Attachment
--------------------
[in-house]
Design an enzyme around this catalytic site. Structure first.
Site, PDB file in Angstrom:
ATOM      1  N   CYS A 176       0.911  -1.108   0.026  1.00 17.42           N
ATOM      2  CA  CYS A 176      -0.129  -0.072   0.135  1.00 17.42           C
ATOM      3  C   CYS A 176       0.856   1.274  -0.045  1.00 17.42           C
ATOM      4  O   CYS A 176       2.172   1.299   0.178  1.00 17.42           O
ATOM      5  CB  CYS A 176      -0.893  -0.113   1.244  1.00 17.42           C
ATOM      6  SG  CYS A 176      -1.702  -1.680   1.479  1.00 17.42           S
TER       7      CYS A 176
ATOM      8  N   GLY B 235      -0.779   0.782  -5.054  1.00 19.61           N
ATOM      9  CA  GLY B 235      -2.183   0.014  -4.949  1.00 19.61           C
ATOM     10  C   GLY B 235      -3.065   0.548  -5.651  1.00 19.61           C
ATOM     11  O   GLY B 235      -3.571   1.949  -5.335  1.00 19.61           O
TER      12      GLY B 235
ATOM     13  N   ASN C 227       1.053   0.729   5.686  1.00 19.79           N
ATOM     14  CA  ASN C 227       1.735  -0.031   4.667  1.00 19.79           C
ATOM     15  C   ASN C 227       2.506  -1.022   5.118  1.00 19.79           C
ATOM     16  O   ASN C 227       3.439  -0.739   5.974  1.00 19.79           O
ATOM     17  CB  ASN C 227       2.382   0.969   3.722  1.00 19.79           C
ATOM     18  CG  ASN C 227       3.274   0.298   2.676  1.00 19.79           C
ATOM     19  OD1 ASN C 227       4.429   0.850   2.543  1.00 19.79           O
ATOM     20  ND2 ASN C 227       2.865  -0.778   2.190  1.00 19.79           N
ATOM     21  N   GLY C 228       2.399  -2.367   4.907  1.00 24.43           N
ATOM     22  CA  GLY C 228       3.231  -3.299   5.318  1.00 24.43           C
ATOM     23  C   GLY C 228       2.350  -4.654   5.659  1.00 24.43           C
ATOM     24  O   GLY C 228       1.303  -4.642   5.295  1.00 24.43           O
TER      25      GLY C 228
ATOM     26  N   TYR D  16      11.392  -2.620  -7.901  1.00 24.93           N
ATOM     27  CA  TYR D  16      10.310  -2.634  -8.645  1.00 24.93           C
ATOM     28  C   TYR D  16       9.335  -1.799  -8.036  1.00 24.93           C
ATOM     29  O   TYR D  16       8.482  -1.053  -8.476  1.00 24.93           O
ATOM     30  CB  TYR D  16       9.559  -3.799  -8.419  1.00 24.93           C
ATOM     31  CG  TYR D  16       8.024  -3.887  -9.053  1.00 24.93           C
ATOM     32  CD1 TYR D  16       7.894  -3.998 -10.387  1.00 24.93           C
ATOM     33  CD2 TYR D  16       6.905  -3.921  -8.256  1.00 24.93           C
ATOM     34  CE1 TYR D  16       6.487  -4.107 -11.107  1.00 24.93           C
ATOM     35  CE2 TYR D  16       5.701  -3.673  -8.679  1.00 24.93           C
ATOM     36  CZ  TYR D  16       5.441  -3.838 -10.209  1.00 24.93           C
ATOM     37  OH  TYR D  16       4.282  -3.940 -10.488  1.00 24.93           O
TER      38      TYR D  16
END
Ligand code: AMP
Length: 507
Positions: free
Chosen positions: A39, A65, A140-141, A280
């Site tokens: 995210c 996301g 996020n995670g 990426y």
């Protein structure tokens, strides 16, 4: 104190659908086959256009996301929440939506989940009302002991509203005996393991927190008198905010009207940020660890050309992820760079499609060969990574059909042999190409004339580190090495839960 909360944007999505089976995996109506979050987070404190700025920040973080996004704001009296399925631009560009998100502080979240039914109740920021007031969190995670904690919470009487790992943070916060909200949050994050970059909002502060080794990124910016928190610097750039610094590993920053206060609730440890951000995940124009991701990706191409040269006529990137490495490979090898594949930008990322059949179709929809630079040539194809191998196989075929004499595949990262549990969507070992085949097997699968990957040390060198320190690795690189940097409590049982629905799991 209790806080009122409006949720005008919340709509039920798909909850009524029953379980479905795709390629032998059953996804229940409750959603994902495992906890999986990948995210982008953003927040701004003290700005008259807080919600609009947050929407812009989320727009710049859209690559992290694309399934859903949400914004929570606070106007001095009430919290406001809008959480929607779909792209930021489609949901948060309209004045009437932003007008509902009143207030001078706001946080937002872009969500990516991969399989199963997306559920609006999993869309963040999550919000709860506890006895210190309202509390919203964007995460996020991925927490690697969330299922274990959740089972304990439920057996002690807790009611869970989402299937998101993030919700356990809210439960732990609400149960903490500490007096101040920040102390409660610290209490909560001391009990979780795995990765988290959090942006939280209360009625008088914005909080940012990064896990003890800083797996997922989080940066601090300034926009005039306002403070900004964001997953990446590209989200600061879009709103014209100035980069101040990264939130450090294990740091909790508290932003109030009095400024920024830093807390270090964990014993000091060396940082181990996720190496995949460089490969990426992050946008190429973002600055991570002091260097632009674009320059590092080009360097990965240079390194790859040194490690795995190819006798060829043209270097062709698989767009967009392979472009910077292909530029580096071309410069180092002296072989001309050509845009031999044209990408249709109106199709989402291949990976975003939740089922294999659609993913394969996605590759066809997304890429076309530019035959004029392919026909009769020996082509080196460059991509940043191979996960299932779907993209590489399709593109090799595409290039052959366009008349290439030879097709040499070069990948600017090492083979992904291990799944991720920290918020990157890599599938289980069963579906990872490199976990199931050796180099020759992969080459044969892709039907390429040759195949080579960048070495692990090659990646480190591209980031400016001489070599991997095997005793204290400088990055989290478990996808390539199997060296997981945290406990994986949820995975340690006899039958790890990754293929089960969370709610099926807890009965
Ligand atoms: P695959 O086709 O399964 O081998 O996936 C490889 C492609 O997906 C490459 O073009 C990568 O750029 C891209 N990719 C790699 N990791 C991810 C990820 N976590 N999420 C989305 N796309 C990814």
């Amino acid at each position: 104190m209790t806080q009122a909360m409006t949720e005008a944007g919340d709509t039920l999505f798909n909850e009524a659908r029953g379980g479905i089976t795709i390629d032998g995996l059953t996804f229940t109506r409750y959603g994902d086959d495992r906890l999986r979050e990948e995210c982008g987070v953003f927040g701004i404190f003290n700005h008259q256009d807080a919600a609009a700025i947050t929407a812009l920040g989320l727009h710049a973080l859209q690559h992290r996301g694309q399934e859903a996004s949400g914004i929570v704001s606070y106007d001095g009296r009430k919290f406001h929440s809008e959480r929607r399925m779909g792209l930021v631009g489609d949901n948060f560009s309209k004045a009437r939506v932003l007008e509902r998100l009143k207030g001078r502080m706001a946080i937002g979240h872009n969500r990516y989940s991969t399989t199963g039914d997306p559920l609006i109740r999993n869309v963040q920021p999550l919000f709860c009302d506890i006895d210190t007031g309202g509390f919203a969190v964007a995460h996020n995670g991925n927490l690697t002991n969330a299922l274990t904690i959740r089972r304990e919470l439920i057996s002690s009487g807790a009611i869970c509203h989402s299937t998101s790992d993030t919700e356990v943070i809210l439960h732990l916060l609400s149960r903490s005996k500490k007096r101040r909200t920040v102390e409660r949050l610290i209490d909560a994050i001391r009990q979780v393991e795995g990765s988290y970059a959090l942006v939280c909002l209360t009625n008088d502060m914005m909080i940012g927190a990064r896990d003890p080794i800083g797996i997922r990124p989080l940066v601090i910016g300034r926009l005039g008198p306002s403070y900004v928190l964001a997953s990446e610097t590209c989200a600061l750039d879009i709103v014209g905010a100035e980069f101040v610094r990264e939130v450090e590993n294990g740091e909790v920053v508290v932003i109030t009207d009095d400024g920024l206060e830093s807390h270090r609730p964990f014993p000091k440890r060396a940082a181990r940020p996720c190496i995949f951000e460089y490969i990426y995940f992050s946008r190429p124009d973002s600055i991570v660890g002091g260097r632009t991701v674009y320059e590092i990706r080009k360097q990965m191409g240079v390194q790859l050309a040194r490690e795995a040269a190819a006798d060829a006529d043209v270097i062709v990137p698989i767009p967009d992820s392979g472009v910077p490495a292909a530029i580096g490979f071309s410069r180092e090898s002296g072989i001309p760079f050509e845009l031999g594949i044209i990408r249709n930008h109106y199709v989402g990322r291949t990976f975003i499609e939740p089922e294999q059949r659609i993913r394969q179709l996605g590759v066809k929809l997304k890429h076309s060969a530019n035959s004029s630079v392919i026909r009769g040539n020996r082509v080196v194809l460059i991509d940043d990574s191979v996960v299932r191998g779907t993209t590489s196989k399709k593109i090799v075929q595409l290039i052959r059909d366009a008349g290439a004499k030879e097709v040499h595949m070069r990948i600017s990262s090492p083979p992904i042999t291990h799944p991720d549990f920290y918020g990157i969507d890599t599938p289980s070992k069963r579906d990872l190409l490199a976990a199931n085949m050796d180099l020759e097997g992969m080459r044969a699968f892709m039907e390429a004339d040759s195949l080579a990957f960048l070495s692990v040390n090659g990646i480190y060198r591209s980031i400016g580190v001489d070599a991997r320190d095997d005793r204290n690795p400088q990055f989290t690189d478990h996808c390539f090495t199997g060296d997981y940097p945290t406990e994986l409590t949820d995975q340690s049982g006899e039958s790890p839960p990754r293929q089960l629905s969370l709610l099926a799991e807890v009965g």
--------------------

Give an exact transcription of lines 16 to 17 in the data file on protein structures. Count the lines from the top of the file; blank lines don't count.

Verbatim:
ATOM     13  N   ASN C 227       1.053   0.729   5.686  1.00 19.79           N
ATOM     14  CA  ASN C 227       1.735  -0.031   4.667  1.00 19.79           C